When Will Canada Bounce Back From the Pandemic?

A century-old flu outbreak provides clues to our economic future
Steven Salterio
Local citizens with facemasks to protect them, looking at the red and green graphs of the stock market on a TV screen in Tokyo, Japan.

Predictions about the effects of the coronavirus pandemic on the world’s economy arrive almost daily. How can we make sense of them in the midst of this economic storm? After all, research shows that economic forecasts made during events such as SARS are often wildly inaccurate.

To calibrate current forecasts—such as the International Monetary Fund’s (IMF) prediction of a 6.2 per cent decline in gross domestic product (GDP) for Canada—I’ve looked at the history of similar worldwide economic shocks, studied macroeconomics models and reviewed nearly 75 studies to better understand what might happen in a post-pandemic world.

Lessons from 1918

The influenza outbreak of 1918-20 killed at least 40 million people, or approximately two per cent of the world’s population. In Canada alone, at least 50,000 deaths were attributed to the flu, approaching the number of Canadian deaths in the First World War. Solid data about GDP did not exist for that era, so economic historians have to recreate economic measurements based on the data that was collected. 

The most thorough study focuses on how the influenza pandemic 100 years ago affected Sweden. The Swedish study took advantage of the fact that the country kept very detailed data on causes of death, as well as having a history of accurate economic record-keeping dating back to the 1800s.

Sweden was a neutral country in the First World War, so unlike other Western nations, the war had limited impact on the country’s economy. The fatality rate from the flu in Sweden was comparable to most Western nations and its economy was similar to other developed countries.

The study of Sweden’s flu experience a century ago suggests there could be permanent negative long-term economic effects from the current pandemic. There was a decline in income from capital sources such as interest, dividends and rents of five per cent that lasted at least until 1929. This was a permanent decline not recovered once the flu pandemic passed.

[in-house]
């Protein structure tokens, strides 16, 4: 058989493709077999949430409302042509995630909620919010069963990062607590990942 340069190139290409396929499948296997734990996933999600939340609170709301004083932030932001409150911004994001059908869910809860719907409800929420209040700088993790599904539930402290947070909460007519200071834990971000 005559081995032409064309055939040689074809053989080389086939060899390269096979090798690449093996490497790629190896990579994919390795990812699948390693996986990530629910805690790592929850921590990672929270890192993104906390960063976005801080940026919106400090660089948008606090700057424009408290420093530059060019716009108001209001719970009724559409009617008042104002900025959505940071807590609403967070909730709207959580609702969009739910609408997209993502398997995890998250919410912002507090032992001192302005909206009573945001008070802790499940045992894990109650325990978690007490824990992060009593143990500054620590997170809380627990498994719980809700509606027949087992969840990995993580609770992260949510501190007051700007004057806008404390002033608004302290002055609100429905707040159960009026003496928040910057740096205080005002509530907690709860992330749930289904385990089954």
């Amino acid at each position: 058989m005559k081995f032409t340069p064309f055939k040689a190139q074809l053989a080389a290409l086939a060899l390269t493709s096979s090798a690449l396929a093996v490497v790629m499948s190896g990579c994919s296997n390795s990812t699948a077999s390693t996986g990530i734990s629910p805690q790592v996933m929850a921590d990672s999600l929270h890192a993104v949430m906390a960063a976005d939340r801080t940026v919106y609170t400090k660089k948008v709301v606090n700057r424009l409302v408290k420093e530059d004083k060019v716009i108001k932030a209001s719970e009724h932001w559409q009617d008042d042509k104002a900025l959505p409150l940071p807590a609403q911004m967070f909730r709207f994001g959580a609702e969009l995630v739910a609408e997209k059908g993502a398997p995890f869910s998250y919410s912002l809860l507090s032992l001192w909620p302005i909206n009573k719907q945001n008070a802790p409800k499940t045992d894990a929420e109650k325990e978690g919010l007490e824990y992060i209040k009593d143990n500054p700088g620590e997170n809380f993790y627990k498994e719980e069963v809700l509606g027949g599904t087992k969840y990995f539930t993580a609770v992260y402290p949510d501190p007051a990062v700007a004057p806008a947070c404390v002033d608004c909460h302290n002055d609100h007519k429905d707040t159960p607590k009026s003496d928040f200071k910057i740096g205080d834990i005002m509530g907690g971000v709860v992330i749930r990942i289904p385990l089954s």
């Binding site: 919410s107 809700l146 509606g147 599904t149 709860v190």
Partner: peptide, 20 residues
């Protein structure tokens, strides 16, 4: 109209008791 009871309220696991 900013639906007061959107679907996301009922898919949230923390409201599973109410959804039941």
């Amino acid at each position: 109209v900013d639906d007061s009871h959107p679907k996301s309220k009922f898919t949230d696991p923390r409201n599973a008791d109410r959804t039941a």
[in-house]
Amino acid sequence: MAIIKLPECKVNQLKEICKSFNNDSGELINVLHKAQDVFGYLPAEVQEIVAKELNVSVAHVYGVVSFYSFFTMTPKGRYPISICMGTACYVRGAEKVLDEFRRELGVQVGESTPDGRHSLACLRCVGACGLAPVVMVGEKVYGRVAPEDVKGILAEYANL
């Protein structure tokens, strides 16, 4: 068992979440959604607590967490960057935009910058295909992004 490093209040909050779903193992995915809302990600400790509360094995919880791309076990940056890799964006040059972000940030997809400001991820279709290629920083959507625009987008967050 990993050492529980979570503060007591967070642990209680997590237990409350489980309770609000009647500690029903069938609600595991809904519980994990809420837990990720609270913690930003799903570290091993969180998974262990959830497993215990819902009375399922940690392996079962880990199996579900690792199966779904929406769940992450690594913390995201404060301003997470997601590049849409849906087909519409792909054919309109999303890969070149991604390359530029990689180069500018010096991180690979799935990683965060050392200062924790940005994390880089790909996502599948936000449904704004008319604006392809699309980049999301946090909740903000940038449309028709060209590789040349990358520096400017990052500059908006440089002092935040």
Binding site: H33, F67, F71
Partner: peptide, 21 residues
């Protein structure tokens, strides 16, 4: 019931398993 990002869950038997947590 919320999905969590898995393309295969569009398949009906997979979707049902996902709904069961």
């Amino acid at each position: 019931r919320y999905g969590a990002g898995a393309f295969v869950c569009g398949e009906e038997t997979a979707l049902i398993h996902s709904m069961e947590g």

Permanent pain for the poor

There was also an increase in absolute poverty for those Swedes at the bottom of the economic pyramid: enrolment in government-run “poorhouses” in higher flu-incidence regions jumped 11 per cent and did not decline over the next decade. There was some good news: while employment income was reduced during the crisis, it quickly rebounded to predicted normal levels.

recent study attempts to measure the effects of the influenza outbreak on 1918-21 GDP. Harvard economist Robert Barro and his colleagues painstakingly put together a set of economic data that attempts to recreate what GDP in 42 countries would have been. 

They found that the flu was responsible for an additional six per cent decline in global GDP. The study concludes that the effects were reversed by 1921. This estimate of the flu’s historical GDP effects is strikingly similar to the IMF’s current prediction of six per cent reduction in GDP for Western economies as a result of the coronavirus pandemic.

What economic models say

Beyond economic history, we can look at macroeconomic models of the global, regional or national economies that run scenarios about pandemic economic shocks.